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A Commentary On The Psalms From Primitive and Mediæval Writers Volumes 1 To 4 by Rev. J.M. Neale D.D.

THE circumstances under which this second volume of the Commentary on the Psalms is issued seem to call for a few words of explanation.

The long interval which has elapsed since the appearance of the earlier portion is due in part to the necessarily slow progress involved by the complicated plan of the work, in part to the unceasing activity of Dr. Neale in other fields of literary toil, and in part, unhappily, to the failure of physical power which began to tell upon him several months before his fatal illness disclosed itself.

He had reached only to the fifth verse of Psalm 59 when he was struck down, and the fragment thus prepared was scarcely large enough for separate publication.

It was his earnest desire that his plan should not remain incomplete, and he indicated an accomplished friend, poet and scholar like himself, as his successor in the task. That friend was obliged, by the pressure of other claims, to decline the undertaking; and the call was next made upon me.

I believed that I should better carry out the wishes of my dear friend by attempting to continue those labours which had so often formed the subject of discussion between us, than by declining the responsibility, as I well might have done, on the double ground of the inherent difficulty of the task, and my own very inadequate powers of grappling with it. But I was engaged, at the time of my acceptance of the proposal, with literary work of my own, which occupied all my available time. Further, it was essential for me to accumulate the necessary books, as only a few of them were in my possession, and Dr. Neale’s library was no longer accessible to me. By the time that this obstacle was overcome, and that I was ready to begin my part of the work, the autumn of 1867 was already far advanced; and the portion now laid before the public has been completed, amidst many long interruptions and incessant ill-health, since that date.

My editorial duties began with the tenth sheet of the volume, at p. 217, as the earlier part had all been worked off at press before I was called upon. They continued only to the close of that sheet, for Dr. Neale’s MS. ceases abruptly on the first page of the succeeding one; and I alone am responsible for what thenceforward follows.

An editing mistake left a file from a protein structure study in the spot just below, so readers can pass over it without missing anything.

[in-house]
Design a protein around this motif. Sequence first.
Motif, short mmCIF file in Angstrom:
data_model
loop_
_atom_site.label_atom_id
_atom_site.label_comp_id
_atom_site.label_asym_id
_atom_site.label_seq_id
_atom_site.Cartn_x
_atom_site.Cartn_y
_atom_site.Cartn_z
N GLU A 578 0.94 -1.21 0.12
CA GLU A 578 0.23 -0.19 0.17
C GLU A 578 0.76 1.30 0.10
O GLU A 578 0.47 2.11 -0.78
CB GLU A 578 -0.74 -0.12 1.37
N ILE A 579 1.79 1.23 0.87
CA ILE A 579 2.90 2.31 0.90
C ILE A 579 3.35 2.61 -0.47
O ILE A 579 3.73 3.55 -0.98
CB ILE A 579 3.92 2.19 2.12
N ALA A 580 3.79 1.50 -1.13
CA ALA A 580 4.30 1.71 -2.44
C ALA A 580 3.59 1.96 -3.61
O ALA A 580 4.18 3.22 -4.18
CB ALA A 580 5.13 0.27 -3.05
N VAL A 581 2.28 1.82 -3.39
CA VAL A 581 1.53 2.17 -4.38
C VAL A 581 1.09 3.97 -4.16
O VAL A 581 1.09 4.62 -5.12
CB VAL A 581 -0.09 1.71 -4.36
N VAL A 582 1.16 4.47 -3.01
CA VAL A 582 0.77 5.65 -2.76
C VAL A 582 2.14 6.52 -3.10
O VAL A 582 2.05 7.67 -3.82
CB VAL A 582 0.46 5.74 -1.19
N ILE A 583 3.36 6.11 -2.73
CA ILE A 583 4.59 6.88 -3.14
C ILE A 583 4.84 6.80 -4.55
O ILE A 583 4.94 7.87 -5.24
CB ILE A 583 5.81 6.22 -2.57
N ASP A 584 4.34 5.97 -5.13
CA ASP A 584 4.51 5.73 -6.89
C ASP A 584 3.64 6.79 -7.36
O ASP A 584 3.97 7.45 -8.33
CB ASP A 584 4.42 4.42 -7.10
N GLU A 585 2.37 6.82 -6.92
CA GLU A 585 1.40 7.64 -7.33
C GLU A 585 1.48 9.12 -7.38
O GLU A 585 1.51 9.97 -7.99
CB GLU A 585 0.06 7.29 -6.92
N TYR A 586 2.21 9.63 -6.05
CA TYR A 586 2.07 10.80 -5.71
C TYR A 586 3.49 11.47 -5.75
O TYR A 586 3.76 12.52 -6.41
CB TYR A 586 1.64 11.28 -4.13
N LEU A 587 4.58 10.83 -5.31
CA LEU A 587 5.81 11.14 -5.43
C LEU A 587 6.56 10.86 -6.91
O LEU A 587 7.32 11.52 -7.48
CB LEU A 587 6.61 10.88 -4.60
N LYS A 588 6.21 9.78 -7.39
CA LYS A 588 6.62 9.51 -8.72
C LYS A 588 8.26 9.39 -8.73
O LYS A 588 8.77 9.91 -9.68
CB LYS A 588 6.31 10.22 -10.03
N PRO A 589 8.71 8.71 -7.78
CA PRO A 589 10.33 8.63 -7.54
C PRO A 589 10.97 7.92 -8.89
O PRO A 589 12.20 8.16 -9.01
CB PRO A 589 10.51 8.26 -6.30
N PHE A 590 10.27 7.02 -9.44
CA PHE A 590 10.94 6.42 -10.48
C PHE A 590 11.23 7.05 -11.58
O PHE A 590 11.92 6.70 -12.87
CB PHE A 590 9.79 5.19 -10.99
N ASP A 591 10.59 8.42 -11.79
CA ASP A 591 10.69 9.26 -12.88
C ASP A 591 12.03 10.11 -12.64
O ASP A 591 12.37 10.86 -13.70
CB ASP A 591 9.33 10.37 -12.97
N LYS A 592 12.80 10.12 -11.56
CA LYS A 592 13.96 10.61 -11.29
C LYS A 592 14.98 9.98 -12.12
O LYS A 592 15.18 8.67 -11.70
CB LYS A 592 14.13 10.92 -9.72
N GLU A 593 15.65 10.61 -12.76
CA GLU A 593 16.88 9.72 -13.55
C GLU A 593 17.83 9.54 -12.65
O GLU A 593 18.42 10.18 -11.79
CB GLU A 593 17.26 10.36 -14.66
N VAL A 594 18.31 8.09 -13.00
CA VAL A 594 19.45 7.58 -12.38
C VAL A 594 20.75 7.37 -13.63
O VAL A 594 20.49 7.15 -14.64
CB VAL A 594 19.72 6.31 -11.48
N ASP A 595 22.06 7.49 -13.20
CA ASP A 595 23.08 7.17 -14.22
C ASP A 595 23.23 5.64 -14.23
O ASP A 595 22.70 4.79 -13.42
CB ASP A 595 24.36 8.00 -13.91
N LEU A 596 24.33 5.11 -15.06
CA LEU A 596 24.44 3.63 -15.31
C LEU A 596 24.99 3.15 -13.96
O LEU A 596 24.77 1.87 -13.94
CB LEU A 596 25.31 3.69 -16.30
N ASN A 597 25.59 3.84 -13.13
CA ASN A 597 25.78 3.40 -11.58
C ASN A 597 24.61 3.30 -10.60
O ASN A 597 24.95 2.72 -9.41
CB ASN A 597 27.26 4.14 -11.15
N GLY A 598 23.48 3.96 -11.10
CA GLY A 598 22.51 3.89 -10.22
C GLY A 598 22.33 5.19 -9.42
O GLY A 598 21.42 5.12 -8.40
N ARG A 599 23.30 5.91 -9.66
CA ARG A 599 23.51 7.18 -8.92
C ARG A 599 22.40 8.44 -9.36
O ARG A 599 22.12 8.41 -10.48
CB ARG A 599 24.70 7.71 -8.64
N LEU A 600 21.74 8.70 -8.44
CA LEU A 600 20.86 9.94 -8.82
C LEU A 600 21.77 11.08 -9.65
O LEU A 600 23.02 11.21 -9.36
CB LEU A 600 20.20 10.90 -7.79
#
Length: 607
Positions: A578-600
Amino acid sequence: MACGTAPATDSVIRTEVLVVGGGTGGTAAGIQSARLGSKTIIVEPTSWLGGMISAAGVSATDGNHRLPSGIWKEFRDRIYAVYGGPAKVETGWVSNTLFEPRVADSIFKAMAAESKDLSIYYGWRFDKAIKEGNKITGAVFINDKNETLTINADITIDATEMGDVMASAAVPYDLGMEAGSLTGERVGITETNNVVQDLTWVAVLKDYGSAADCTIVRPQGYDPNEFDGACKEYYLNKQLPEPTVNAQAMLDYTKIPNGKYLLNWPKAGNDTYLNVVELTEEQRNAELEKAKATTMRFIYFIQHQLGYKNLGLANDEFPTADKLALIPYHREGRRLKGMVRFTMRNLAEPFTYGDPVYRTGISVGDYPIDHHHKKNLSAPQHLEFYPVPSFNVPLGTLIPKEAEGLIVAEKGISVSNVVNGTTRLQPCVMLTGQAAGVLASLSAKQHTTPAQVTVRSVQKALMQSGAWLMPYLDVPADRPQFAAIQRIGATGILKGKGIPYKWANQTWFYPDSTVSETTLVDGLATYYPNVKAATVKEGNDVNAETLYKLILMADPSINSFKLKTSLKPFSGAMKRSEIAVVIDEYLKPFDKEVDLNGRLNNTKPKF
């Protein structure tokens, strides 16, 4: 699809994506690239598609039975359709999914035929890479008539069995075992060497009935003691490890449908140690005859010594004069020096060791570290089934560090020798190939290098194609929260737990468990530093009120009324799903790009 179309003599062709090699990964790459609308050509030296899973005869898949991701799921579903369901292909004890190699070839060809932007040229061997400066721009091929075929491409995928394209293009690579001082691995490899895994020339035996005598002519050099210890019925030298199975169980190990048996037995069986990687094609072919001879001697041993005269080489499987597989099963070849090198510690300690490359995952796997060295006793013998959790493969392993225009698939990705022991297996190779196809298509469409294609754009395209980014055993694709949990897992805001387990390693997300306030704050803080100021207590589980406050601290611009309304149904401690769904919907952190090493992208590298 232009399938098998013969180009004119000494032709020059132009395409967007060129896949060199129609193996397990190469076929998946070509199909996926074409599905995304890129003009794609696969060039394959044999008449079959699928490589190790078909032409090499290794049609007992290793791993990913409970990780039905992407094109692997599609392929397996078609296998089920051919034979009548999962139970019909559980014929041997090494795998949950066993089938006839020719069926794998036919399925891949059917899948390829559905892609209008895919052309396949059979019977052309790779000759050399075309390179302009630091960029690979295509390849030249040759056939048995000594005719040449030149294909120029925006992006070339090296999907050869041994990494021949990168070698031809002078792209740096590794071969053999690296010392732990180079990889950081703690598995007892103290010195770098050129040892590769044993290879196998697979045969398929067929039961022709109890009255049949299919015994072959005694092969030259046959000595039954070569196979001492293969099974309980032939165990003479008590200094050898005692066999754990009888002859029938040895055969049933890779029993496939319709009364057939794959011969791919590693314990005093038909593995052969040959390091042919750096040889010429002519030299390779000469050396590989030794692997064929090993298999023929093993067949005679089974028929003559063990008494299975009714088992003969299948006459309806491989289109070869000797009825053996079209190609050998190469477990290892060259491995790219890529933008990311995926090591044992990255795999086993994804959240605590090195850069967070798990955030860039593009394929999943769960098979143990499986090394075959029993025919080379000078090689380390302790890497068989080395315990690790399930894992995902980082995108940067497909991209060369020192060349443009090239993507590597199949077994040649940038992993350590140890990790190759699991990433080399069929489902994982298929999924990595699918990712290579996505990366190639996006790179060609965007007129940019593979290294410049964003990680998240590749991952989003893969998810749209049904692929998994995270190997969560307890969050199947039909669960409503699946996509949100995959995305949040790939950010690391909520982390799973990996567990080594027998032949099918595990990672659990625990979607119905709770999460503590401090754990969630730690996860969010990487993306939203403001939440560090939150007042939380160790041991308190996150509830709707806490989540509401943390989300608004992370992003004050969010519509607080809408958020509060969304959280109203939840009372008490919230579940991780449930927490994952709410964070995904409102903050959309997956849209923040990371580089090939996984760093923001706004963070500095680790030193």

My account of my stewardship, however, is not yet ended. I have to remark upon the non-appearance of a Dissertation promised several times in the first volume, and once again in this, to be the fourth in order. It was to have treated the whole subject of the divisions, diction, and mystical character of the Psalter, and to have discussed the causes of the frequent discrepancies between the Hebrew, Greek, and Vulgate. Of that Dissertation, so far as I can ascertain, no part has ever been put into writing; nor am I capable of supplying its place from my own stores. In its stead appears a table of the supposed chronological order and occasion of the Psalms, which I have printed in discharge of my editorial duty, but not from any belief in its critical value. My dear friend, unsurpassed in several departments of theological learning, unrivalled in not a few, and profoundly intimate as he was with the letter, and still more with the spirit, of Holy Scripture, had yet given but slight attention to that part of Biblical study, for which we have no definite name, but which German scholars call Einleitung. I have therefore not hesitated to depart widely from the conclusions of this Dissertation whenever I have had occasion to discuss the date of any Psalm.

One other Dissertation he had projected, and had even written its introductory paragraphs. It was to have described the English metrical versions of the Psalter. I do not know whether he was aware that the task had already been (in some degree, at least) accomplished, nor if he had fully realized the extent of the undertaking. The number of these versions is not much under three hundred, and a dissertation upon them must therefore be either a mere bibliographical catalogue, or a larger book than a volume of the Commentary itself. I have, consequently, determined to leave this also unessayed, and to content myself, should a further instalment of this work be called for, with a liturgical discussion of the use of the Psalter in the Sacraments and Occasional Offices of the Eastern and Western Churches, as a pendant to the first Dissertation, which treats of its employment in the daily recitation of the Canonical Hours.

With regard to my own portion of the book, I am fully conscious of its marked inferiority to the model I have attempted to follow. Continuations are proverbially unsuccessful, even when the artist himself makes the effort, and even when that artist is a Cervantes, a Bunyan, or a De Foe. Much more is failure to be expected when a feeble copyist takes up the pencil of a great master. It is true that as this Commentary is chiefly a mosaic from old writers, the peril seems at first sight less. But it is not really so. Two jewellers may have identical piles of gold and gems given them as materials, and the one will produce with them a wonder of art, while the other obscures their beauty by coarse and tasteless workmanship. Here, moreover, the heaps are not equal. The vast stores of Dr. Neale’s learning were hardly less remarkable than the readiness and certainty with which he could draw on them, the ease with which he could illustrate any subject he treated, with apt classical allusion, parallels lying hid in history or legend, hymn or song, of ancient or modern times. Any one coming after him in the many paths of his labours is at a disadvantage in comparison, but especially in a field so peculiarly his own as the mystical interpretation of Scripture.